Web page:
Together, we (the Fab Four) handle all the “business” of the projects. Things like Membership Agreements, Invoicing, Reimbursements, Communication, Event Planning, and so much more that you really don’t want to read about. I am the Fiscal & Administrative Manager (and pretty much personal assistant to the Executive Director, who answers to the Kuali Foundation Board). I serve as agenda and minutes keeper for several of the project boards and handle most of the administration for the Foundation and a small part of the accounting.
As a community that collaborates on software development, most of our meetings are virtual via conference call or Skype. Kuali recognizes the importance of working together face to face, though, and therefore, holds two events per year for face-to-face meeting: Kuali Days and the Kuali Community Workshop.
Kuali Days is an outward-focused event, designed to share information on all of the projects with institutions looking for an affordable, valuable software solution for their campus. After the actual “Kuali Days” (2-3 days), we have internal community meetings (Project Boards, Development Teams & Councils). It’s a LONG week of sessions and meetings and networking. It is exhausting. And it is invaluable for team building and vision casting within our organization.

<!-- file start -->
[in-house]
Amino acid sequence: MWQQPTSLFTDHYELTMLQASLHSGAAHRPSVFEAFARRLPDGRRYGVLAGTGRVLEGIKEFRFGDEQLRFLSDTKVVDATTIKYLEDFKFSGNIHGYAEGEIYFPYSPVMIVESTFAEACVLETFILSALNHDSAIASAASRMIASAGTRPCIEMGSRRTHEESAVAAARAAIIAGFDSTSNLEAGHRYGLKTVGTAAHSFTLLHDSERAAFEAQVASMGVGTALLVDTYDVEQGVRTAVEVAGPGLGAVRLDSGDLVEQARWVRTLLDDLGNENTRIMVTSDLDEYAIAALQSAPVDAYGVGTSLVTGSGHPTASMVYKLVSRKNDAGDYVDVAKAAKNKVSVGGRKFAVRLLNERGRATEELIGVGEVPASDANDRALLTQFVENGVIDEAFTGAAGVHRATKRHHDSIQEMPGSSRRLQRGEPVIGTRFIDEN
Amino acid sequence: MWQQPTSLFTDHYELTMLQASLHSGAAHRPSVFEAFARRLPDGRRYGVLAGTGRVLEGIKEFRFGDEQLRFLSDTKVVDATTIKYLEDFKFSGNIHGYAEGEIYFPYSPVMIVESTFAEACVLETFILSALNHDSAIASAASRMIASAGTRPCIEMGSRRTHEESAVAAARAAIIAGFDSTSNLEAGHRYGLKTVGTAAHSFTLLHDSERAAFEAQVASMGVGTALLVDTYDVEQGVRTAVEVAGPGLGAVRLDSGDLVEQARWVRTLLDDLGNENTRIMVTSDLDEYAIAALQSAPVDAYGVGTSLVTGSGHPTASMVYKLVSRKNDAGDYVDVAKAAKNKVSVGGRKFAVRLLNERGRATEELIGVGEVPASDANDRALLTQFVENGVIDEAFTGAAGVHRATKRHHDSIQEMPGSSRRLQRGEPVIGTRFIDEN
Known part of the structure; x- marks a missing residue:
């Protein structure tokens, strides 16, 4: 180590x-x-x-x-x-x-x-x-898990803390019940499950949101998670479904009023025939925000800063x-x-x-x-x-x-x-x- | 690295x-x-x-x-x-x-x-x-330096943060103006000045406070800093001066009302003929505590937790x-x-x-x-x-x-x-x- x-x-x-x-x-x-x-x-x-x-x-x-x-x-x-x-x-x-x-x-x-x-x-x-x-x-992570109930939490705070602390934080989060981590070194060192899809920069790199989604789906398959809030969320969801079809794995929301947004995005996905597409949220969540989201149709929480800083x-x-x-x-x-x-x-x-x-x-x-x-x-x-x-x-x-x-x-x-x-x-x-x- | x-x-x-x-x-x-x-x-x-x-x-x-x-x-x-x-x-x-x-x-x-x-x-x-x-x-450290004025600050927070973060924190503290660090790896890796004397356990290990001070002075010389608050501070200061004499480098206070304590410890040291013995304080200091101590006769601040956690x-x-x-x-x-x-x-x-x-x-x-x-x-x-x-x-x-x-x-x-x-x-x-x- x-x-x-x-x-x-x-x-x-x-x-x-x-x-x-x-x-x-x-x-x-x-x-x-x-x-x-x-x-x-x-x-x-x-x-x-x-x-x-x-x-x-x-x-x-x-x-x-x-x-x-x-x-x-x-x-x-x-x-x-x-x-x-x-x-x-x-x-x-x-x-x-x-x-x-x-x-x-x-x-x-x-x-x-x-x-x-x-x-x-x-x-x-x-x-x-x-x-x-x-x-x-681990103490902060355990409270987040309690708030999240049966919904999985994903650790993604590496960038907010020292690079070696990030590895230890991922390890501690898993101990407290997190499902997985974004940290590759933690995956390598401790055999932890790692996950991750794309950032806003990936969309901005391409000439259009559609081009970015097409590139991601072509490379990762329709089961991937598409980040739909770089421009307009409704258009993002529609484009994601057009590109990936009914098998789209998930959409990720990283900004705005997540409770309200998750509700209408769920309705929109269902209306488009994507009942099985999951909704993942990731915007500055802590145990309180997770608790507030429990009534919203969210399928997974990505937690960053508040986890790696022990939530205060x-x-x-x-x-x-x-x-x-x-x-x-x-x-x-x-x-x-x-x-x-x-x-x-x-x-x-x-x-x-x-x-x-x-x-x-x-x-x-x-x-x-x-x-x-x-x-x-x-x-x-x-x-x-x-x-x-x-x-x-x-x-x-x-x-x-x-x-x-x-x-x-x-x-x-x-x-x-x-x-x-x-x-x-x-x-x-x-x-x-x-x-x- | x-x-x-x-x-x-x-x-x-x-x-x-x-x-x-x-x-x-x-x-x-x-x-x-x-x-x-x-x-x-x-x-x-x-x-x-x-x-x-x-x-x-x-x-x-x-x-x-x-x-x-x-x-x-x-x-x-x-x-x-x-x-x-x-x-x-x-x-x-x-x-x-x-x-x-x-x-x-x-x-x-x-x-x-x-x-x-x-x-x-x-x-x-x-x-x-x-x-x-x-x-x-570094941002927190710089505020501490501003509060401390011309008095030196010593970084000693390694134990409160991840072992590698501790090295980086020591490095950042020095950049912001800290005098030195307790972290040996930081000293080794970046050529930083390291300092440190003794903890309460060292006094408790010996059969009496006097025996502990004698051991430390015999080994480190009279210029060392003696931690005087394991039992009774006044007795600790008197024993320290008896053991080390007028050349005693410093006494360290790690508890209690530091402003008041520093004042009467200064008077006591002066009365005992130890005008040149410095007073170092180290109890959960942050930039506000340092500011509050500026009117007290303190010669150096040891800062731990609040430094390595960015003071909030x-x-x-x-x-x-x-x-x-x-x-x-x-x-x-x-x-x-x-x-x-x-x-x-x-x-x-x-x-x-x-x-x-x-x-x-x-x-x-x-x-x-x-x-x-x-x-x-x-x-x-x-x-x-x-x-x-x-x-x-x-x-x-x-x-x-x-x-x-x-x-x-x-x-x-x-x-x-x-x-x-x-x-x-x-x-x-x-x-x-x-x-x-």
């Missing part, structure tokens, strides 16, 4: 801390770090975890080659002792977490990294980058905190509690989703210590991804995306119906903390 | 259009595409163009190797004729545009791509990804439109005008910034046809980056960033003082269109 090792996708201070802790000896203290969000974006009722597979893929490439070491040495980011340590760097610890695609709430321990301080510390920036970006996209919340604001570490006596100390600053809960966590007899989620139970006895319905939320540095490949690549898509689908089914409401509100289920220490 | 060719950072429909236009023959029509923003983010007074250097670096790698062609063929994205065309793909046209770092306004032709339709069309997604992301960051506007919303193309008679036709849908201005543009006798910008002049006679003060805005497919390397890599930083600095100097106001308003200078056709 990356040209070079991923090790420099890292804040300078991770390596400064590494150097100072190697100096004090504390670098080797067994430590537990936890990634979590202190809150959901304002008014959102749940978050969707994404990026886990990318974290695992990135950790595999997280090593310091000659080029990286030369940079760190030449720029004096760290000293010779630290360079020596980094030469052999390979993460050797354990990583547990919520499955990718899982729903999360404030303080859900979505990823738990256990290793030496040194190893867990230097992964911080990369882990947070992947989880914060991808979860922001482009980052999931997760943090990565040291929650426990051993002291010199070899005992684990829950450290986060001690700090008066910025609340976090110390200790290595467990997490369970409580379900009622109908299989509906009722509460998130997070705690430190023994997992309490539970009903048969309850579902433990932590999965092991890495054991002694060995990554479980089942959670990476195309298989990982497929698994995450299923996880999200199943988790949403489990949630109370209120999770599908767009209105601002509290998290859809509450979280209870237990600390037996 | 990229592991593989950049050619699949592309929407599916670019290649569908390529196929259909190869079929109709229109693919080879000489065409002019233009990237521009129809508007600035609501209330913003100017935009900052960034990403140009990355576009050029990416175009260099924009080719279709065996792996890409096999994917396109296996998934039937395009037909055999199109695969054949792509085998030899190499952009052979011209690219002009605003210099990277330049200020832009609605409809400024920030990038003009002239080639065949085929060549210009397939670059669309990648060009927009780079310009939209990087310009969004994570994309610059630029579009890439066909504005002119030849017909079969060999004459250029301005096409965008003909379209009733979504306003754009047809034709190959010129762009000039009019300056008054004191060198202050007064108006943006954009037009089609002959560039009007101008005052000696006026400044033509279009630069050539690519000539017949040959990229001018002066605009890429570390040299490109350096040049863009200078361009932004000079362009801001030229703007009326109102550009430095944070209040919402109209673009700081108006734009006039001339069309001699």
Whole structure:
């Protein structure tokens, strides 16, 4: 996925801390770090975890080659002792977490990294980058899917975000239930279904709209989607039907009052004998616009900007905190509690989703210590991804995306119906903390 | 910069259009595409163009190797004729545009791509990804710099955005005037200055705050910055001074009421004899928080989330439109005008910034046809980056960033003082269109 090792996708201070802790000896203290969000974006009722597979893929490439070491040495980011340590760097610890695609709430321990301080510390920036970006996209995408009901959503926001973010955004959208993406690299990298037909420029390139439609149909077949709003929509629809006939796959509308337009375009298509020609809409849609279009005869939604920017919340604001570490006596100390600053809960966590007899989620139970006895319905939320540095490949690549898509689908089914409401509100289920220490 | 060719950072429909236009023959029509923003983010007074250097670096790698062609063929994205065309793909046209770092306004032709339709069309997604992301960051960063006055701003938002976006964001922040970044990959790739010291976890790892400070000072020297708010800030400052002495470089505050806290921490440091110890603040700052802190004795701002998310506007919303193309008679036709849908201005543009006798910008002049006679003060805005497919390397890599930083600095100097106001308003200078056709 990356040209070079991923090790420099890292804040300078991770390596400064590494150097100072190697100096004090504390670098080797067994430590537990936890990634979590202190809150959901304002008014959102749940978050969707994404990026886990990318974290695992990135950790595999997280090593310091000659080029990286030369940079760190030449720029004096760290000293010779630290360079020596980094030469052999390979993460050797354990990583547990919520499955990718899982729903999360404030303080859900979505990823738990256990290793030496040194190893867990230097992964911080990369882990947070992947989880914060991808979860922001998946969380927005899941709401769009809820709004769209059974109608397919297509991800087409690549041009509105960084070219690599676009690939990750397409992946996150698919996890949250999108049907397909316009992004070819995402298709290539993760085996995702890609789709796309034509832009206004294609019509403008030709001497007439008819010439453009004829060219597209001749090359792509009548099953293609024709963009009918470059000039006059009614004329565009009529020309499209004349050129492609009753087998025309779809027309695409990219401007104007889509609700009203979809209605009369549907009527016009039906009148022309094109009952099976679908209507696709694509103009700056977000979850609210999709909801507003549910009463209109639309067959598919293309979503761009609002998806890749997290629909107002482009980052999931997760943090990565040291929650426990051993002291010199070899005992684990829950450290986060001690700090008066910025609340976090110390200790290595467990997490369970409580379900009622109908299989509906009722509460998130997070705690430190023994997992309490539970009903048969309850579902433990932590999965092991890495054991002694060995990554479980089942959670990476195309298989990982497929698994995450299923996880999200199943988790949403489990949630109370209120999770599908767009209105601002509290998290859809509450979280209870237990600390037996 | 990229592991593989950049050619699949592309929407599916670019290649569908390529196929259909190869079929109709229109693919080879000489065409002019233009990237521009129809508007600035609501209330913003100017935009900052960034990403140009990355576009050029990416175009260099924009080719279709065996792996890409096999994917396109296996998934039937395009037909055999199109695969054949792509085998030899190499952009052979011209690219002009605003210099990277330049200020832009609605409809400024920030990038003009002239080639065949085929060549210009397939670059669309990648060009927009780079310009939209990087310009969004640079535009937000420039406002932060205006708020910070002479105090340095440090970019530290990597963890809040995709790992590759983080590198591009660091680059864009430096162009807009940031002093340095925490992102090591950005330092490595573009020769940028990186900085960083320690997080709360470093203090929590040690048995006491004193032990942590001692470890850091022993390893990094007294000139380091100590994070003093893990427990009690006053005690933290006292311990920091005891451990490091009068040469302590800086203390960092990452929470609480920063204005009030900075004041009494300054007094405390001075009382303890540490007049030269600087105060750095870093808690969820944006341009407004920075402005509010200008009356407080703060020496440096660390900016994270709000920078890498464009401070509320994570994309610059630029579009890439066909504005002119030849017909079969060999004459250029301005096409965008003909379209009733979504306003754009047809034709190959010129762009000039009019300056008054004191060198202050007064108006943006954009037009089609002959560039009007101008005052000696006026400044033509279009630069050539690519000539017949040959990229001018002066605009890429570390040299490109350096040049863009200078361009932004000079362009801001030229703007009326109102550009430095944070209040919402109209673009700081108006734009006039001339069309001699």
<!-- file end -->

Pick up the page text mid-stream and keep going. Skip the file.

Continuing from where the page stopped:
In order to explain why this week was so special, you need to know what went down for me last year at Kuali Days 2011 in Indianapolis, IN. I had only been on staff for 3 months. At that point, I was still very unfamiliar with the software projects and felt lost in a sea of acronyms and geek speak. I didn’t know anyone, which made socializing difficult (and socializing is such a huge part of these conferences). Because of my position within the Foundation, I felt a bit lost at Kuali Days. On the one hand, there were all these project team get-togethers and dinners…but I wasn’t part of a project team. You’d think I’d hang out with my boss all the time, but she kind of runs in higher class circles than I do at these things…so I wasn’t really a good fit there either. (Special Note: She would never say that this is the case…and, with her good heart, she would always welcome me as an integral part of the organization.) The perceived lack of importance was completely MY issue last year. In summary, it was a very long and very lonely week for me.